Livestock Management for Coexistence with Large Carnivores, Healthy Land and Productive Ranches
Experience is proving that when cattle are run in large herds they are less susceptible to predation, especially from smaller predators like coyotes and Mexican Wolves.
LIVESTOCK MANAGEMENT FOR COEXISTENCE WITH LARGE CARNIVORES, HEALTHY LAND AND PRODUCTIVE RANCHES
A white paper by Matt Barnes, Field Director for Rangeland Stewardship
Keystone Conservation, Bozeman, Montana
Ranchers and rangeland managers can apply many of the same approaches that work for rangeland health and livestock production to reduce conflicts with large carnivores. This paper synthesizes evidence from the rangeland, wildlife, and animal sciences into a cohesive argument: modeling livestock management after the grazing patterns and reproductive cycles of wild ungulates in the presence of their predators can improve rangeland health and livestock production—and increase the ability of ranching operations to coexist with native carnivores. The central anti-predator behavior of wild grazing animals is to form large, dense herds that then move around the landscape to seek fresh forage, avoid fouled areas, and escape predators. Grazing management involving high stocking density and frequent movement, such as rotational grazing and herding with low-stress livestock handling, can improve rangeland health and livestock production, by managing the distribution of grazing across time, space, and plant species. Such management can also reduce the susceptibility of livestock to predation.
Livestock – large carnivore coexistence practitioners can be more effective by expanding from a direct focus on carnivores and predation-prevention tools to the broader social-ecological context of ranches and rural communities, especially livestock management. Domestic animals, after all, are much more manageable. Moreover, only within certain livestock management contexts can preventative or non-lethal tools be applied effectively.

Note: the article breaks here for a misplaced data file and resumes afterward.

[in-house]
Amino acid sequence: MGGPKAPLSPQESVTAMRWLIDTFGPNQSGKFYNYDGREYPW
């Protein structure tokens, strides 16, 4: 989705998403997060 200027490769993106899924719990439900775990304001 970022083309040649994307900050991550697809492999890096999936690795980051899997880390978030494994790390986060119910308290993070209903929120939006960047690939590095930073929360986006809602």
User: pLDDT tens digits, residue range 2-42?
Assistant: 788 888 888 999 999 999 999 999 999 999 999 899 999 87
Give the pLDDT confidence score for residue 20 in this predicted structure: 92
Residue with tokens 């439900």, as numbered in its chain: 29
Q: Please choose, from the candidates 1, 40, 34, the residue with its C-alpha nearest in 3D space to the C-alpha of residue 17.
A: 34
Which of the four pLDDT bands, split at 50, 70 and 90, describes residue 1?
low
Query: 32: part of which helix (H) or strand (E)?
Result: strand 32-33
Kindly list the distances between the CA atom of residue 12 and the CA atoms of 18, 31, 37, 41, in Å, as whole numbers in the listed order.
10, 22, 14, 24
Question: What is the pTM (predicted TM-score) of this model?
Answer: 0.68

Available at: http://www.keystoneconservation.us/PDFs/KeystoneConservation_2015_WhitePaper.pdf
Based on experience, we have concluded that killing predators wastes money, precious biodiversity and harms the eco-system.
Traditional cattle ranchers often say that coyotes and lions must be killed to protect cattle. Yet, we have run concentrated herds of up to 1,000 stockers among cougar, bobcats and coyotes for 15 years. We have never lost one to proven predation, never observed an animal under attack, neither seen nor treated a living animal for claw or bite wounds. Predators, including cougar, will scavenge carcasses: this is assumed to prove predation. Most predator removals are conducted under that assumption.
Planned grazing is good for plants and predator protection. Predators change wild animal behavior in ways that help plants. Healthier plants are good for cattle and wildlife.
A good friend who is one of the country’s most experienced practitioners of Keyline applied holistically, wrote:
“Nice insights, Chris.
I’ve been recently reading Stuart Kauffman’s Investigations and am predictably wowed by his insight. At the broadest level, his ponderings on the “mechanics” of how:
“Biospheres, as a secular trend, that is, over the long term, become as diverse as possible, literally expanding the diversity of what can happen next” are empowering.
I started into Fred Pearce’s new book last night, The New Wild, Why Invasive Species Will Be Nature’s Salvation. Relevant to your thinking, and refreshing in the face of armies of well-armed invasive species weekend warriors seeking purpose and armed with weed-spades, spray, legislation and agency and NGO clout.
I am hopeful that your management and the assemblage of life you’re encouraging at Circle Ranch is working to help the land work harder and move the needle into the deep topsoil, deep life, deep water zone. Keep it up and thanks for the communiques.”